As he flies to the police station, he thinks to himself how well the Sentinels of Justice work together, “even with Captain Atom in charge.” What the hell is that supposed to mean? Does Blue Beetle have a problem with Captain Atom? Old Ted Kord needs to lighten up. He seems a bit full of himself (something Tracy remarked upon back at the lab). He seems, ironically, a lot like Booster Gold.
Beetle arrives at Captain Fisher’s office to find Captain Atom and Fisher talking to the mayor. The mayor doesn’t want Hub City to be turned into a super-hero battleground. Nightshade enters the room (she’s dropped her old mini-skirt costume from the 60s in favor of a form-fitting catsuit deal). She says to Fisher that the Sentinels are at his disposal, which prompts Fisher to remind the mayor that the Sentinels have authorization from the Governor. With a mysterious mist surrounding him, the Question checks in and Fisher asks the sixth man in the room to tell them about his solar battery.
Dr. Rockwell addresses them from a mounted display of blueprints. He has created false plans for a solar battery to be used as bait to draw out would-be thieves.
The next day, at Whittier Hall, Dr. Rockwell is unveiling his “important discovery.” In the crowd (undercover) are Nightshade and Captain Atom.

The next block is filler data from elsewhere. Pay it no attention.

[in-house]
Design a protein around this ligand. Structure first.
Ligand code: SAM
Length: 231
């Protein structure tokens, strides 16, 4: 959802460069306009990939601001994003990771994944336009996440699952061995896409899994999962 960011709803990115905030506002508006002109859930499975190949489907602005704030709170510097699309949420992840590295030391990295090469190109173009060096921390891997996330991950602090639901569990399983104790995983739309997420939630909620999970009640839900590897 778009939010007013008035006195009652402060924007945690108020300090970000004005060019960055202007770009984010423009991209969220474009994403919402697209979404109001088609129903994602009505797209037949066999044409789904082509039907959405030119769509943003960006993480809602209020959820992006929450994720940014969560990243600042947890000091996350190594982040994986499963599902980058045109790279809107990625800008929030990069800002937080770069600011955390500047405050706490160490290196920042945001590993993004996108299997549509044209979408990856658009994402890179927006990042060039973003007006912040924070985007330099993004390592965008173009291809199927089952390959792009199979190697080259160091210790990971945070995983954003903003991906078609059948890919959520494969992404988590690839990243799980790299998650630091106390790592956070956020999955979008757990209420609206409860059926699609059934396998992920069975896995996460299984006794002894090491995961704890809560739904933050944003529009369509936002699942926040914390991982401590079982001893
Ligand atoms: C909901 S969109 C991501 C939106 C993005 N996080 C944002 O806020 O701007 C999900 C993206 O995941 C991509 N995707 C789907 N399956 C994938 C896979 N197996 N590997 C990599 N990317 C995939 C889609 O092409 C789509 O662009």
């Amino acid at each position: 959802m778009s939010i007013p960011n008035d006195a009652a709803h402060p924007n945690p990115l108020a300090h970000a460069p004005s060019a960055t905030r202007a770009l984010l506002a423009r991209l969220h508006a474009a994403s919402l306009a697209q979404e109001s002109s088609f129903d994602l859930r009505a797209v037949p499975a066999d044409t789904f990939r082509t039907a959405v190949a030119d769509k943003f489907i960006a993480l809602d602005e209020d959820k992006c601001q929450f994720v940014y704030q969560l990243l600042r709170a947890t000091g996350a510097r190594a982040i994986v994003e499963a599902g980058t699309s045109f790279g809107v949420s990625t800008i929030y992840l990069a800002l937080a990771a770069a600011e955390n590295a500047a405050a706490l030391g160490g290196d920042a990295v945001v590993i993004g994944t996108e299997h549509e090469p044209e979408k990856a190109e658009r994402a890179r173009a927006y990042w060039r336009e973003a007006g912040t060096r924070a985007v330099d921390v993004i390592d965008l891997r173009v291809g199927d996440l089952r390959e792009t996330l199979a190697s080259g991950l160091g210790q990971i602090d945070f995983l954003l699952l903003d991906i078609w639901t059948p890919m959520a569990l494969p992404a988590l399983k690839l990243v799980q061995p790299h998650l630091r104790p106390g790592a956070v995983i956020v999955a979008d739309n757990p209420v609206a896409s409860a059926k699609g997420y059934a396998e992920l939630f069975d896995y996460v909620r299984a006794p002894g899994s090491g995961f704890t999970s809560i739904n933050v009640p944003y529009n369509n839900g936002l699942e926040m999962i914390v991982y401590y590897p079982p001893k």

Blue Beetle is watching the Whittier building from the rooftops while the Question lurks in an alley. The Question spots the approaching hovercar first, and when it pulls up in front of the hall, “pandemonium roars forth” in the form of the Madmen, Iron Arms, and the Fiery Icer.
The group breaks into to building, followed closely by the Manipulator. He orders the Fiery Icer to secure the solar battery and scare the hell out of the audience.
Captain Atom goes after Iron Arms, sending Nightshade to face the Fiery Icer. This I have a problem with. Iron Arms was defeated easily by Cap back in Captain Atom #84. The Fiery Icer is the super-villain who gave Cap the most trouble. So he sends his girlfriend after the hard one while he takes the easy one? Bad form, Cap.
Captain Atom informs the Manipulator he is under arrest, then punches Iron Arms in the face, throwing the villain backward. He leaps at Cap, who discovers Iron Arms has upgraded his equipment and is much stronger. Just as the Manipulator is ordering Captain Atom’s death, Blue Beetle swings in through a window. He takes on the Madmen, kicking their asses in his acrobatic style.